What lives in Casco Bay?
City Fish or Country Fish Activity
Learning objective: Explore the oceans’ diversity by comparing how cold-water marine fishes, such as those found in the Gulf of Maine, to the fishes that live on coral reefs.
Like the classic tale of The City Mouse and the Country Mouse, the fishes that live in cold “country” waters and “city” coral reefs are adapted to the challenges and opportunities of their own ecosystem.
Some people, like us Mainers, live where the seasons change. In the fall, the leaves turn red and orange. In the winter, snowstorms offer sledding, skiing, and unscheduled school holidays. Others live where it is warm all year long, and they can go fishing, biking, or swimming any time.
Some people live in the country, close to the land. They take long walks and enjoy the peace and quiet. Others wouldn’t trade their apartments in the city for anything. They love the hustle and bustle of the crowds and that they can order a pizza any time, day or night.
In the ocean, too, there are places that cool and warm with the seasons and other places that stay warm year-round. You might be surprised to learn that these are a lot like the country and the city on land.
If you were to ask people to picture where in the world oceans they would find the largest number of fishes, most would say the tropical seas, conjuring up images of a vivid, bustling coral reef. But consider the locations of the major fisheries of the world, which depend on netting huge quantities of fish in each tow; they are all in cold waters. Temperate and cold seas are home to relatively few species of fishes but many individuals, and while tropical waters offer a staggering variety of life, there are far fewer individuals of each species.
“Country Fish”: The fishes of cold and temperate waters
The cold waters of temperate and frigid seas may look murky, but not from pollution. It’s the rich sea soup of plankton that reduces visibility under water to a few feet and makes it appear green from above. Advantage: Abundant food
- Live close to the earth, in fact, many varieties, such as cod, haddock, and flounder, are called “groundfish” because they live on or near the ocean floor
- Their colors are earth tones—tan, speckled, brown, or black—to match their surroundings, or silvery to reflect back the light on the waves
- Their bodies are robust and hardy for swimming long distances. Most have the classic, streamlined submarine shape built for the long haul
- Shaped to fit: some lie flat to fit against ocean floor (flounder)
- These travel in schools across broad expanses of ocean, as opposed to “City Fish” that tend to stay concentrated in cramped quarters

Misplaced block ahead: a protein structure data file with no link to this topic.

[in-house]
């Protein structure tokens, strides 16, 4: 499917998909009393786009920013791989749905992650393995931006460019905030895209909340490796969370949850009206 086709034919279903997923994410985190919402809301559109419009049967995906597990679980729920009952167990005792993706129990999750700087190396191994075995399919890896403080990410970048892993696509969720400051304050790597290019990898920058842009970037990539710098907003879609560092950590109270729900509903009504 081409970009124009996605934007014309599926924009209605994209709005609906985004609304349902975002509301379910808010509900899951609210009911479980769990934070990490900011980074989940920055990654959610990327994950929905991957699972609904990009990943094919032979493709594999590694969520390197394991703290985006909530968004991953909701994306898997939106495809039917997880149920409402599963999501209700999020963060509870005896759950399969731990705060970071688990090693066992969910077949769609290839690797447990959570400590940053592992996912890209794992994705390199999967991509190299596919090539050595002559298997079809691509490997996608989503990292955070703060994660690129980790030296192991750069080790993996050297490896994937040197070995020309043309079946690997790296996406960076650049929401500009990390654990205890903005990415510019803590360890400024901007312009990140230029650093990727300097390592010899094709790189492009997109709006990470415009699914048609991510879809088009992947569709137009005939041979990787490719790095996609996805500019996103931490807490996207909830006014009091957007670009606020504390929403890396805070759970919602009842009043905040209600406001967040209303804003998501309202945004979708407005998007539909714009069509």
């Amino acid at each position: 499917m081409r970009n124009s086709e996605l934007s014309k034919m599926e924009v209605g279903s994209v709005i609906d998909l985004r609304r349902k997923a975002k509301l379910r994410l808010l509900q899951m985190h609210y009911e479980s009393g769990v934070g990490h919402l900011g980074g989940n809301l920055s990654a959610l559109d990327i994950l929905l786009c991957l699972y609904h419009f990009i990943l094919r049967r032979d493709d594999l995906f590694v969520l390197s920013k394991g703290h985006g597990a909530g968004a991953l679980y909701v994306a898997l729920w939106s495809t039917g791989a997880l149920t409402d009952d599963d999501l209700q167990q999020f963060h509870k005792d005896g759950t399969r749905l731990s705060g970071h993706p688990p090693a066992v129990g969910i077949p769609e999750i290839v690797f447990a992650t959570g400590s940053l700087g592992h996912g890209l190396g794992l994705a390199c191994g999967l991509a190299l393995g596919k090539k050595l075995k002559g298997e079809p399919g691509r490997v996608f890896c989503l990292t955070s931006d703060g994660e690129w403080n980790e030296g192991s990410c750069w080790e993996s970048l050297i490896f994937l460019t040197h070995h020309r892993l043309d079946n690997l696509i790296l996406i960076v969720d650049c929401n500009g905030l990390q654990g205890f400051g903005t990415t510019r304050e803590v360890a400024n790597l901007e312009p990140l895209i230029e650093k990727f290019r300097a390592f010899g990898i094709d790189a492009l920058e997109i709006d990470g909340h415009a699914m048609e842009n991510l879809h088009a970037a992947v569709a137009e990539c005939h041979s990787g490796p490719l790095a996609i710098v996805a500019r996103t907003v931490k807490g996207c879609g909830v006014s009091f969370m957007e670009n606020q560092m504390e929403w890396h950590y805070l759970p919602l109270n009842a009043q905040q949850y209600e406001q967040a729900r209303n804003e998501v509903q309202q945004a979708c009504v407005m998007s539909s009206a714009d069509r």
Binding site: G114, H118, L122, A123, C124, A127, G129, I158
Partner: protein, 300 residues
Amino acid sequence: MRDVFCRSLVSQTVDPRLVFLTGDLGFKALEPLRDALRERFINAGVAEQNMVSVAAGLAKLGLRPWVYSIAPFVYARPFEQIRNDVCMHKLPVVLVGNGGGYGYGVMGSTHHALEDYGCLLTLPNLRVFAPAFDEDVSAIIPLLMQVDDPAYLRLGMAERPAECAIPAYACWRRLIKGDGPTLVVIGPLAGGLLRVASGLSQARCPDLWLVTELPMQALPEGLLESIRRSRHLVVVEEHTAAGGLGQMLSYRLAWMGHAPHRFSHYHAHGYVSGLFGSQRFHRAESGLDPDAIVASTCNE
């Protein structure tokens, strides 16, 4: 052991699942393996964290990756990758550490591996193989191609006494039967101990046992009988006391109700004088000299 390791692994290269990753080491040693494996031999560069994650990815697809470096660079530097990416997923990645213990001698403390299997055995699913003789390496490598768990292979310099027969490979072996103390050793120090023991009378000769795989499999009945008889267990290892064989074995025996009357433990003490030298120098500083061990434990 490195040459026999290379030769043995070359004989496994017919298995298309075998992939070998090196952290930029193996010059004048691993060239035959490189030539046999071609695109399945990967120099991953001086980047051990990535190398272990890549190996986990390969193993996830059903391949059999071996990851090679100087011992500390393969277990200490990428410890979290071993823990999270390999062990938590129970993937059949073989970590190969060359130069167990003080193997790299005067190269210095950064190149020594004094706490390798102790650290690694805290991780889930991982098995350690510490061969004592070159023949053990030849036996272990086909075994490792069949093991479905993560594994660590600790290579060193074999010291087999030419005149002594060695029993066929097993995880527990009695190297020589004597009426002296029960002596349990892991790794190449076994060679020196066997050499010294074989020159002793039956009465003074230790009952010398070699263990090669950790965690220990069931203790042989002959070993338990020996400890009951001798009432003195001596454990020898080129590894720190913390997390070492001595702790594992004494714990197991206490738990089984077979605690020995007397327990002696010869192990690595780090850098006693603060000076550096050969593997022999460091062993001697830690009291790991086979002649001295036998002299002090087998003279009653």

- Their defenses are speed and/or camouflage
- The rhythm of life here is tied to the changing seasons, with spawning and reproduction happening in the spring after the first “crop” of phytoplankton bloom
- If an area becomes polluted or disturbed, these fish can move elsewhere
“City Fish”: Coral reef residents
Tropical waters are crystal clear, because almost nothing is suspended in the water to block one’s view. In other words, they are empty of life, except for coral reef communities. A coral reef is like a city in the desert—an oasis—which may provide the only food and shelter for many miles around. Tropical waters appear turquoise blue from above. The animals on the reef have evolved complex strategies to compete for food and dwelling places. Advantage: Many hiding places
The fishes of warm waters:
- Live in tight quarters at well-defined levels on the coral reef, like apartment dwellers in a high rise complex
- Even the smallest fish can be very territorial to protect their precious piece of real estate
- They are colorful, even flamboyant, to attract a mate or to defend their place on the reef
- There are specialists in
- Jobs—the cleaner wrasse
- Defense—the spines of the triggerfish
- Diet—the bird-like beak of the parrotfish, the long snout of the butterflyfish
- They have developed complex partnerships, such as symbiosis and parasitism
- Shaped to fit: Some are disc-shaped or eel-like to slip inside the coral reef/most are not build for long-distance travel because they rarely venture far from the security of the reef
- Coral reef is active both day and night. The rhythm of life here is diurnal. There are even predators that prey on weary commuters at dawn and dusk.
- If conditions on the reef deteriorate, there are few options for the residents. Most will die as adjoining reefs, is there are any, are already at capacity.
– Outline of a fish
– Paper and crayons/markers
– Globe or balloon
– Small flashlight
- What makes a fish a fish? Explain that no matter where they live, fishes share common characteristics that make them FISH. They also make us much better adapted for living in the sea than humans are. Here are some questions that students could research, with helpful hints below:
- How do fish breathe?
Fish have gills for extracting oxygen from the water. A lot of water has to be pumped over gills in order to get enough oxygen for a fish to breathe.Water contains less than five percent oxygen, whereas air has five times more oxygen, making it easier to breathe on land.
- How do fish find food? (senses)
Their senses are well designed for navigating underwater. In addition to the senses of smell, sight, hearing, taste, and a lateral line, some fish, like salmon, can sense the magnetic field of the Earth, which helps them find their way back to the very place they were born years before.
- How do fish use their fins?
Different fins are designed for swimming, turning, or staying upright in the water. Watch a fish in an aquarium some time to see how it uses its fins. Normally, it uses its tail fin for propulsion, top and bottom fins for balance, and the side fins for turning and stopping. Some fishes, such as marlins and tuna, are such good swimmers that they can sprint through the water at speeds approaching 80 kilometers an hour (50 mph).
- How do fish stay afloat?
Most fishes also have an organ called a swimbladder, which can inflate or deflate like a balloon to keep them at a certain level in the ocean.
- Are sharks fish?
Sharks are fish, too, but they lack a swimbladder. Sharks’ skeletons of cartilage are lighter than bone and help sharks to remain neutrally buoyant–able to float without sinking or rising. Sharks do have something other fishes don’t: ampullae of Lorenzini, tiny sense organs embedded in their jaws and snouts that can pick up the faint electric pulses given off by all living things. This sense enables a shark to detect the beating heart of a flounder hiding under the sand.
- How are fish different from mammals, like us?